How does Berinert’s cost compare with that of medications such as Ruconest, Cinryze, or Firazyr?

There are many treatment options available for hereditary angioedema (HAE). The price you would pay for Berinert versus that of recombinant C1 esterase inhibitor (Ruconest), human C1 esterase inhibitor (Cinryze), or icatibant (Firazyr) depends on various factors.

For instance, the form of the drug may affect its price. Berinert, Cinrzye, and Ruconest are available in powder forms that are mixed and injected into a vein. Firazyr comes as a solution that is injected under the skin. Different forms of these drugs may have different costs.

In addition, the situation in which you use the drug may also determine how often you use it, and this may change the cost of the drug. For example, Berinert, Ruconest, and Firazyr are all used to treat an HAE attack that’s already happening. You’ll only use these medications if you’re having an HAE attack. While, Cinryze is used to prevent HAE attacks, and you take it every 3 to 4 days. So, the cost of Cinryze may be high since the drug may be used more frequently.

There are additional factors that can affect your prescription cost, including:

  • the length of your treatment
  • whether there are payment assistance programs for your prescribed treatment
  • whether you’re paying out of pocket or have insurance

To learn more about the cost of Berinert compared with other treatments for your condition, talk with your doctor, pharmacist, or insurance provider.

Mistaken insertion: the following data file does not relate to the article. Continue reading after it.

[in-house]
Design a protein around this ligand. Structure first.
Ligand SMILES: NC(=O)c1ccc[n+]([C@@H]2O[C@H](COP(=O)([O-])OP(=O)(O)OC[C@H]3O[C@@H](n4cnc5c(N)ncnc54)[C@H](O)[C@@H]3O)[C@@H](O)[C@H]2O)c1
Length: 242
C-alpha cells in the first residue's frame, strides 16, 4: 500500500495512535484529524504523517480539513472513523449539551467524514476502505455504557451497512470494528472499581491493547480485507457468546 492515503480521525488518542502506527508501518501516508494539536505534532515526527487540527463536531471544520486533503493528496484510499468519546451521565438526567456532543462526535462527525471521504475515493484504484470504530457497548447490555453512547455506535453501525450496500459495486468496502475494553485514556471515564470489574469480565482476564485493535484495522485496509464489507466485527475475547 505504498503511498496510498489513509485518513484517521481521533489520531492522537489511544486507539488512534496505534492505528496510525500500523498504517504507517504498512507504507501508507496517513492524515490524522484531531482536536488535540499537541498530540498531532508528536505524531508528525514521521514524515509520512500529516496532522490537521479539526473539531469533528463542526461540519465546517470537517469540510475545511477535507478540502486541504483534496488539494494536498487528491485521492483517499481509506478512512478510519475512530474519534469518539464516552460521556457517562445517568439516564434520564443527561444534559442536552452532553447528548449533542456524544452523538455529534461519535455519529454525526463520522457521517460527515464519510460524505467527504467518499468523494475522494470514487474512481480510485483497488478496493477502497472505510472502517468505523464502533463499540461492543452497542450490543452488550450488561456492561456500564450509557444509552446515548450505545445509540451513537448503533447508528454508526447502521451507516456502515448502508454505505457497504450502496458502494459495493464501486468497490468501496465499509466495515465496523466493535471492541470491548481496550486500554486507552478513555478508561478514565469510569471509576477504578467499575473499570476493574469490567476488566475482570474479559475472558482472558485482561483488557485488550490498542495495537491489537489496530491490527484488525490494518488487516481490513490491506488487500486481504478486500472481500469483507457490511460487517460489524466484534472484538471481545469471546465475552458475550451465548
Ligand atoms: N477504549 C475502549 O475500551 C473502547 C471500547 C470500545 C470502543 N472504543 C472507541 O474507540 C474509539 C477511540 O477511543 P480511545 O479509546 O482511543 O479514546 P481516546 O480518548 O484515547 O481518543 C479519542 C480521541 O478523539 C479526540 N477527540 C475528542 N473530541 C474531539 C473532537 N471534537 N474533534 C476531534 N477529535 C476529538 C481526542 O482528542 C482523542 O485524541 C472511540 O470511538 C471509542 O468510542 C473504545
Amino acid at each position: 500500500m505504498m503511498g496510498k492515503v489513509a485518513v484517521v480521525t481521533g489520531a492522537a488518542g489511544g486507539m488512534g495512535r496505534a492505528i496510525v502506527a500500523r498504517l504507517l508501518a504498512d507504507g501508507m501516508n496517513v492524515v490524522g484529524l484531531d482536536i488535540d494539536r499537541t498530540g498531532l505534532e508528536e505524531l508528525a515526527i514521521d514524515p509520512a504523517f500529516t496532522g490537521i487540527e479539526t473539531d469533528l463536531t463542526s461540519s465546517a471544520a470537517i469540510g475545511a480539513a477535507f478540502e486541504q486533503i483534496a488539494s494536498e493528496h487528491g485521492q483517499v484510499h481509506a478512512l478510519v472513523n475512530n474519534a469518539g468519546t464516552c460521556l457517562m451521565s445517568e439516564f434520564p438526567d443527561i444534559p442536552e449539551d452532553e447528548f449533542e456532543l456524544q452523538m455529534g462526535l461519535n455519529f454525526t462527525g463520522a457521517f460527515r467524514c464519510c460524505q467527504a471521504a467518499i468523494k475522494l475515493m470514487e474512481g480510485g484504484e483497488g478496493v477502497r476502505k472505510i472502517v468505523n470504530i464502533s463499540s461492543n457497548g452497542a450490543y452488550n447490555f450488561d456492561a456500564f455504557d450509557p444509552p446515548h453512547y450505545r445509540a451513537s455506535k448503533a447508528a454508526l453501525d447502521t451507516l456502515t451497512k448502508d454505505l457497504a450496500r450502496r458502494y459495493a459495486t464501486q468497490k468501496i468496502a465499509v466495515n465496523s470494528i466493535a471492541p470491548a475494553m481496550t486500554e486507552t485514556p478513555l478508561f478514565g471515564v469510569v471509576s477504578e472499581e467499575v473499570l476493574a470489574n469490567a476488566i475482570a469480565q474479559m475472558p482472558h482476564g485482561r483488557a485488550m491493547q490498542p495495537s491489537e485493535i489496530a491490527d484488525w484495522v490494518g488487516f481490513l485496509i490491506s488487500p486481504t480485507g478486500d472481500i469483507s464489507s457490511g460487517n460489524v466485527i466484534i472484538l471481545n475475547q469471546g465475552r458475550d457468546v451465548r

How much does Berinert cost with insurance?

If you have insurance, your cost for Berinert depends on factors such as:

  • your particular plan benefits, including your drug copay amount
  • your dosage of the drug
  • your Berinert dosing frequency
  • whether you apply and qualify for a cost-savings program

To find out how much Berinert will cost you with insurance, contact your insurance provider or doctor.

Below is information you may want to consider if you have insurance and receive Berinert.

If you have insurance, your insurance company may require prior authorization before it covers Berinert. This means the company and your doctor will discuss Berinert in regard to your treatment. The insurance company will then determine whether the medication is covered.

If a drug requires prior authorization but you start treatment without the prior approval, you could pay the full cost of the medication. You can ask your insurance company whether Berinert requires prior authorization.

If you have questions about this process, contact your doctor or your insurance provider.

Disclaimer: Medical News Today has made every effort to make certain that all information is factually correct, comprehensive, and up to date. However, this article should not be used as a substitute for the knowledge and expertise of a licensed healthcare professional. You should always consult your doctor or another healthcare professional before taking any medication. The drug information contained herein is subject to change and is not intended to cover all possible uses, directions, precautions, warnings, drug interactions, allergic reactions, or adverse effects. The absence of warnings or other information for a given drug does not indicate that the drug or drug combination is safe, effective, or appropriate for all patients or all specific uses.